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LETTER | Flexible pathways needed for registration as graduate engineers

LETTER | It is urgent that the engineer registering authority in Malaysia initiate a review to provide more flexibilities and possibilities to assess the knowledge base and attributes of qualified Malaysian engineers for appropriate registration instead of denying them.

Alike other regulated professions such as medical doctors, it is mandatory for engineers to register with the Board of Engineers (BEM) to practice engineering in Malaysia. Unfortunately, the conception of the general public has always been that registration with BEM is only necessary if you are performing engineering jobs/services which are related to government or government-linked companies. 

This isn’t true especially with the revision to the Registration of Engineers Act made in 2015 which resulted in mandatory registration with BEM in order to perform engineering services in Malaysia. 

Today, registration as a graduate engineer has even been made a compulsory criterion in many jobs’ advertisements/vacancies. Unable to register as a graduate engineer indeed causes a loss of job opportunities in Malaysia.

Since BEM became a signatory of the Washington Accord (WA) in June 2009, BEM only recognises overseas degrees which is WA recognised for registration as a graduate engineer. For graduates with an overseas degree that is not WA recognised, BEM classifies them as a non-recognised degree. 

The majority of these graduates with a non-recognised overseas degree are graduates with British engineering degree (BEng) qualifications. Despite the three-year UK BEng is fully accredited by Engineering Council United Kingdom (ECUK), the UK BEng is not WA recognised beyond the year 2000. 

As a result of this, we are looking at not less than tens of thousands of Malaysians having this non-recognised overseas degree issue considering the tendency for Malaysians to pursue British engineering degree as an alternative to Malaysian degree.

Having known the huge number of affected graduates, what is the solution offered by BEM? Based on the policy announced by BEM in July 2021, BEM offered two solutions. Either to complete MSc by coursework only (research-based not accepted) by enrolling before Dec 31, 2021. Or, by completing two years special engineering top-up which runs between Jan 1, 2022 and Dec 31, 2023.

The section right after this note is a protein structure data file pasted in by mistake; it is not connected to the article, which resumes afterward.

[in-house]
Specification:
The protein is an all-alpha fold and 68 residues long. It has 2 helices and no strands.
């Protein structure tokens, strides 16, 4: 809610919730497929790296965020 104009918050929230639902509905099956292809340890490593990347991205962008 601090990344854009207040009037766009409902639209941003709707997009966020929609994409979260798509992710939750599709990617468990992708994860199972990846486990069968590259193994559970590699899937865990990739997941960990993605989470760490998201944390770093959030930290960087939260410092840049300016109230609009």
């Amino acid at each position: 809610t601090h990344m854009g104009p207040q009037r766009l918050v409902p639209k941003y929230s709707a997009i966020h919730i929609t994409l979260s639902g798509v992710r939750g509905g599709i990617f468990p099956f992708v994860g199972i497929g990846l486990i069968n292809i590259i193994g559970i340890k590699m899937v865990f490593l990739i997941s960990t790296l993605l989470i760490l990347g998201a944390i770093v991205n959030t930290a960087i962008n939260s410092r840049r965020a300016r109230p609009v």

Beyond Jan 1, 2024, BEM no longer provides any pathway to recognise these graduates for registration as graduate engineers. BEM further stated in the same policy that neither of these solutions would be guaranteed to be accepted and it still would be on a case-to-case basis. 

Is this the best solution BEM can offer to these graduates considering the pandemic which we are going through, where many engineers are suffering reduced income or even up to the extent of a job loss? Let’s look into the issue in a deeper context to better understand it.

WA is an educational accord initiated by the UK, established to promote mutual recognition of substantial equivalence of engineering degree for registration as professional engineer among participating members known as the signatory. 

During the establishment of WA, the required academic qualification of the participating countries for registration as a professional engineer was used as a guideline for determining a WA degree. In this context, prior to 1999, three-year UK BEng was the required academic qualification for registration as Chartered Engineer. 

Beyond 2000, ECUK raised their required academic qualification from Bachelors to Masters level to align themselves with European countries for registrations as chartered engineers. 

Let me stress this again, a Masters level does not necessarily mean formal education which results in an academic accredited Masters degree only. Instead, Masters level can even be achieved through experiential work-based learning. ECUK also accepts further learning such as MSc or PhD by research to attain Masters level.

However, when ECUK raised their academic requirement from Bachelors to Masters level (eg BEng to MEng), BEM assumed that the Malaysia BEng is equivalent to UK’s MEng. Certainly, this is not the case.